Dissertation/Thesis Abstract

Type and frequency of responsiveness matters: The development of infants' social communicative skills and later language development
by Dewey, Amber Marie, M.A., The University of Iowa, 2012, 58; 1514470
Abstract (Summary)

Contingent maternal responsiveness has previously been shown to influence the development of many abilities including attachment, language, vocabulary, phonology, attention, and cognitive functioning. In addition, it has been speculated that early contingent interactions may facilitate the development of early social communicative behaviors including joint attention abilities. Examining 13-month-old infant vocal-led interactions with mothers in free play allowed us to look at maternal responses to a specific social communicative interaction. These interactions were then correlated with infants' social communicative abilities as assessed by the Early Social Communicative Scales. Both components were then used to predict later language abilities using the McArthur Communicative Development Inventory: Words and Gestures. Specific responses from mothers during free play and infants communicative abilities were shown to correlate and predict social communicative abilities. Later language abilities were also shown to be predicted by specific responses from mothers during free play and infants' own social communicative skills.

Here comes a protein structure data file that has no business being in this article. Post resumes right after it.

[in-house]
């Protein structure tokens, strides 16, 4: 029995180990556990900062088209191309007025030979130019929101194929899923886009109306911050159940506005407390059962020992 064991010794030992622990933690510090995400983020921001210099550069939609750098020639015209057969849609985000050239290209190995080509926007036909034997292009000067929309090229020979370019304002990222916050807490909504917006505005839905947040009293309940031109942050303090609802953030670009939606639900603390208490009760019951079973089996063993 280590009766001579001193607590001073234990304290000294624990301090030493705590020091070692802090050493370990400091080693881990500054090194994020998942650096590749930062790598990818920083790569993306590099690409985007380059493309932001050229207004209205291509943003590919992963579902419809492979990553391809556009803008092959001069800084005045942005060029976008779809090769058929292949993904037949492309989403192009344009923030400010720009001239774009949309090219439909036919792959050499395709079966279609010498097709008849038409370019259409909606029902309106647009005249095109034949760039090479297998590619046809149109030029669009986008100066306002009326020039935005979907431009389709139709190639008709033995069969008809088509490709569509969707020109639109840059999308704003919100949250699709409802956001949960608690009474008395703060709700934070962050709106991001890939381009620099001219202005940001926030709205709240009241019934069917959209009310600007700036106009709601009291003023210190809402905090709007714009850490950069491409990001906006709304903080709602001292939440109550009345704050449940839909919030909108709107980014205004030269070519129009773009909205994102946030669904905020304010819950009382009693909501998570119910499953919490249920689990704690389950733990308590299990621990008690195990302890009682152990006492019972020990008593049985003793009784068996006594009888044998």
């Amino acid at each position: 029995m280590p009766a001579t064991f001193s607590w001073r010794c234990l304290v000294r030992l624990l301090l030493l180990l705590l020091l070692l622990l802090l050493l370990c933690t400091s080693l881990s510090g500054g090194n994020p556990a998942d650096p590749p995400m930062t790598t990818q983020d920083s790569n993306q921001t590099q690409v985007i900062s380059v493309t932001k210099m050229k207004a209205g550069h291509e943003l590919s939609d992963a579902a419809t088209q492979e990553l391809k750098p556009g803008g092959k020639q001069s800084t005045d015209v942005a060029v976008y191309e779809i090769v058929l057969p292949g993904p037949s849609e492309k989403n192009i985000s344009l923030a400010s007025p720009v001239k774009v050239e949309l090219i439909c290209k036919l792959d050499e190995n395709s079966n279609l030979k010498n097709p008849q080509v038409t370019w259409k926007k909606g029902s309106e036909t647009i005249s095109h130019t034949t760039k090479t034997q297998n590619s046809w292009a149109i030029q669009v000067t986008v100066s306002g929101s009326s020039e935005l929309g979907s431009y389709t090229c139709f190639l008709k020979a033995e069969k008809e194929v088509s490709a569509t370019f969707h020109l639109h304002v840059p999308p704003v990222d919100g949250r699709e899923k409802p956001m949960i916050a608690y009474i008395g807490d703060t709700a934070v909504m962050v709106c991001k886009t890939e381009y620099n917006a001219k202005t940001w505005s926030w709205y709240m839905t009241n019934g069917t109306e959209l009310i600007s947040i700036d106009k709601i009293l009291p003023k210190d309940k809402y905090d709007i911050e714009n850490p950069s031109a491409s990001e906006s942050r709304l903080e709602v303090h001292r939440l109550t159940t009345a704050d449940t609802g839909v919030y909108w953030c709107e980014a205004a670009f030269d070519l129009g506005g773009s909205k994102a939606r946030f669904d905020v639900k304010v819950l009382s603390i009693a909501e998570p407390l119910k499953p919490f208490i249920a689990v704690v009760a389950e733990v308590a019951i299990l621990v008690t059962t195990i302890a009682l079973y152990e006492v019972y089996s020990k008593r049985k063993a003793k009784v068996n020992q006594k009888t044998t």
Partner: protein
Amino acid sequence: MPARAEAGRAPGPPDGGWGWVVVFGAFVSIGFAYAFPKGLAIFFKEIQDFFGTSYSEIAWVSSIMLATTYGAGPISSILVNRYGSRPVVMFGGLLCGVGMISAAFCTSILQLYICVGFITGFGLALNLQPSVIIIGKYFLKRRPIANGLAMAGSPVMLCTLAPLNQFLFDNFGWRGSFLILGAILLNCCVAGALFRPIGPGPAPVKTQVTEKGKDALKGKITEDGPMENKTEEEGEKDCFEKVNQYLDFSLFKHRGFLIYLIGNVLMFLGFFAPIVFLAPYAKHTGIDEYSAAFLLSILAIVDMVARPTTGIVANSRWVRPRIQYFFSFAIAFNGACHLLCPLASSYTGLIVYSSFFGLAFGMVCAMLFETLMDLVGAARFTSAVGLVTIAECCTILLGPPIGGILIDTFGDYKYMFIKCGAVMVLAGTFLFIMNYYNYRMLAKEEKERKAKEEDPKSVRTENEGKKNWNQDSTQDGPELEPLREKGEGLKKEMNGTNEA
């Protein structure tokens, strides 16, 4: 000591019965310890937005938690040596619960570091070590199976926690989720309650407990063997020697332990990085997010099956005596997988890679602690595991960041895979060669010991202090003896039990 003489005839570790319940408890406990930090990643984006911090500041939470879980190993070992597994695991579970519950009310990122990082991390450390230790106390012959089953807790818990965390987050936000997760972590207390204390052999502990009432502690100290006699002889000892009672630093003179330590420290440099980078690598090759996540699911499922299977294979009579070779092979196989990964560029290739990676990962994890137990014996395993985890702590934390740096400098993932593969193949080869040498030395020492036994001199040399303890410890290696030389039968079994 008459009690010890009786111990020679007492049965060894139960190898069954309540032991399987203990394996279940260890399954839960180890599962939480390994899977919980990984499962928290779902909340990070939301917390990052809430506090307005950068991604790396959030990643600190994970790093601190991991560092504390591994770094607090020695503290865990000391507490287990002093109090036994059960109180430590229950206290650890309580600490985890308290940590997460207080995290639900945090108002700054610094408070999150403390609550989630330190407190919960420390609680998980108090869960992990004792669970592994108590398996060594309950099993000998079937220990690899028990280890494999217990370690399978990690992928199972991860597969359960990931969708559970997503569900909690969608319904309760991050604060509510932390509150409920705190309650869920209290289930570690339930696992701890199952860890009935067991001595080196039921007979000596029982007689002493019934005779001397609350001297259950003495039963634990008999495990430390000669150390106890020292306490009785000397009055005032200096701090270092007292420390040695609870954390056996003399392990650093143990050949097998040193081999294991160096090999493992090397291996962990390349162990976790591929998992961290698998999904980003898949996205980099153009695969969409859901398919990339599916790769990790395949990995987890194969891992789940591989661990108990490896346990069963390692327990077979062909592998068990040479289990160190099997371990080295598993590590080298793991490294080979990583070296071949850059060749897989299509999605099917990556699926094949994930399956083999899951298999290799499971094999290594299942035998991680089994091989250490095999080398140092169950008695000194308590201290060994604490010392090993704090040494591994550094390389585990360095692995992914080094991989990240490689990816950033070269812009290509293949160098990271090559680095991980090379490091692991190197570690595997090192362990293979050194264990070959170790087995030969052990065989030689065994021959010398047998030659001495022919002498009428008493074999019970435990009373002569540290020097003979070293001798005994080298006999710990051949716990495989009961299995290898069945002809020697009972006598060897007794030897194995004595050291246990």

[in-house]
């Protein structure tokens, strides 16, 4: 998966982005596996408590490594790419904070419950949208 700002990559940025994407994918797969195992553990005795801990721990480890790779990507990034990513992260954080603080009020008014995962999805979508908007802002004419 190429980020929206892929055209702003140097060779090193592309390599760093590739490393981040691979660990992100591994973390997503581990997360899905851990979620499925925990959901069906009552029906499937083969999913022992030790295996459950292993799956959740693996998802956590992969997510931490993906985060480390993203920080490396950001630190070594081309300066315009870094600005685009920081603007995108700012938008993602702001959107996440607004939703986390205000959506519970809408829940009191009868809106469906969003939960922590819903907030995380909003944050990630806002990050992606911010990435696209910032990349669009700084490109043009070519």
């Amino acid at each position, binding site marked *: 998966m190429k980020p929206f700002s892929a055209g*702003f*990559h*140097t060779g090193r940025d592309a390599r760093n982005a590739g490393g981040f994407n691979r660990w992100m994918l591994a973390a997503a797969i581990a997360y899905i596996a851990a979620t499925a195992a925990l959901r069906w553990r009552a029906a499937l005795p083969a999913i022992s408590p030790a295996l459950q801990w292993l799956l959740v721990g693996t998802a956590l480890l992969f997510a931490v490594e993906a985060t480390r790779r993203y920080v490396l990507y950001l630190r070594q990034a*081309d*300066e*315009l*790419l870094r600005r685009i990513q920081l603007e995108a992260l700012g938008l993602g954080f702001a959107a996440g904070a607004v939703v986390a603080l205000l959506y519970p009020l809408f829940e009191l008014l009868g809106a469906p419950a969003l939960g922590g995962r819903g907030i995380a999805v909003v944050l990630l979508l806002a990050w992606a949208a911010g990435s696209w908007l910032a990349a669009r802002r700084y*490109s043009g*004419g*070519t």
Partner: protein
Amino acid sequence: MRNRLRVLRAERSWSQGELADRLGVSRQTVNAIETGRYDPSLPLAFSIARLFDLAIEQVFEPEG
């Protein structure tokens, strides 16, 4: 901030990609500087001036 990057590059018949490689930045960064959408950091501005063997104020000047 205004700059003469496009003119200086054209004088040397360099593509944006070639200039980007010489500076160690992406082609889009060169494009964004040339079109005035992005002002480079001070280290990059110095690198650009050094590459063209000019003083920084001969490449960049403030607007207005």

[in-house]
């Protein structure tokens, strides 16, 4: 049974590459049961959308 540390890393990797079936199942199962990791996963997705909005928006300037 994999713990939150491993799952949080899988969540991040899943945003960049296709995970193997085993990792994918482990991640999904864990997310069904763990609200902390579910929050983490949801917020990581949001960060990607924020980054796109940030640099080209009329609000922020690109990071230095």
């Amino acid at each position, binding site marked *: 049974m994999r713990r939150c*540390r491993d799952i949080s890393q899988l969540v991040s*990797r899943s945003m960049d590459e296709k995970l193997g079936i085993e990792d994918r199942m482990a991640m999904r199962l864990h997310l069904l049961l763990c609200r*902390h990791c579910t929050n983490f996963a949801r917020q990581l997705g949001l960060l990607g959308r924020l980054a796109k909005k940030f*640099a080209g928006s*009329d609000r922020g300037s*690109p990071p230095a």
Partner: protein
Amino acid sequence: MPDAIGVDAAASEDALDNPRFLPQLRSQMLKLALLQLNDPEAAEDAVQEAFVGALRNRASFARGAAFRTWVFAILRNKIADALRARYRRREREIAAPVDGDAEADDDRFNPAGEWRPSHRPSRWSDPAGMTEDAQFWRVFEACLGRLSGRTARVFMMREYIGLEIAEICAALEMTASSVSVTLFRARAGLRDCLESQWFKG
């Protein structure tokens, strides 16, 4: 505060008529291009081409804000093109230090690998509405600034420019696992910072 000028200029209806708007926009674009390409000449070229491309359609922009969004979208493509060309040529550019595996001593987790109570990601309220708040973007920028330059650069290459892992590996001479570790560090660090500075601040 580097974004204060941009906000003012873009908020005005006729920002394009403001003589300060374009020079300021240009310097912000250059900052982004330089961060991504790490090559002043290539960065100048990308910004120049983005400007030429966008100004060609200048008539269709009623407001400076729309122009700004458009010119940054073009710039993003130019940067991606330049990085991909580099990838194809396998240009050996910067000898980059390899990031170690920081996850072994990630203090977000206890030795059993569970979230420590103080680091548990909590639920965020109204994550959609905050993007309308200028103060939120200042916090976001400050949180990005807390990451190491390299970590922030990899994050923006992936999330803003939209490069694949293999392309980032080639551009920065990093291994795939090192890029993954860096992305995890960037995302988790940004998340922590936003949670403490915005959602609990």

Indexing (document details)
Advisor: Gros-Louis, Julie
Commitee: Plumert, Jodie, Samuelson, Larissa
School: The University of Iowa
Department: Psychology
School Location: United States -- Iowa
Source: MAI 51/01M(E), Masters Abstracts International
Subjects: Social psychology, Developmental psychology, Developmental biology
Keywords: Language development, Social communication
Publication Number: 1514470
ISBN: 978-1-267-46110-0
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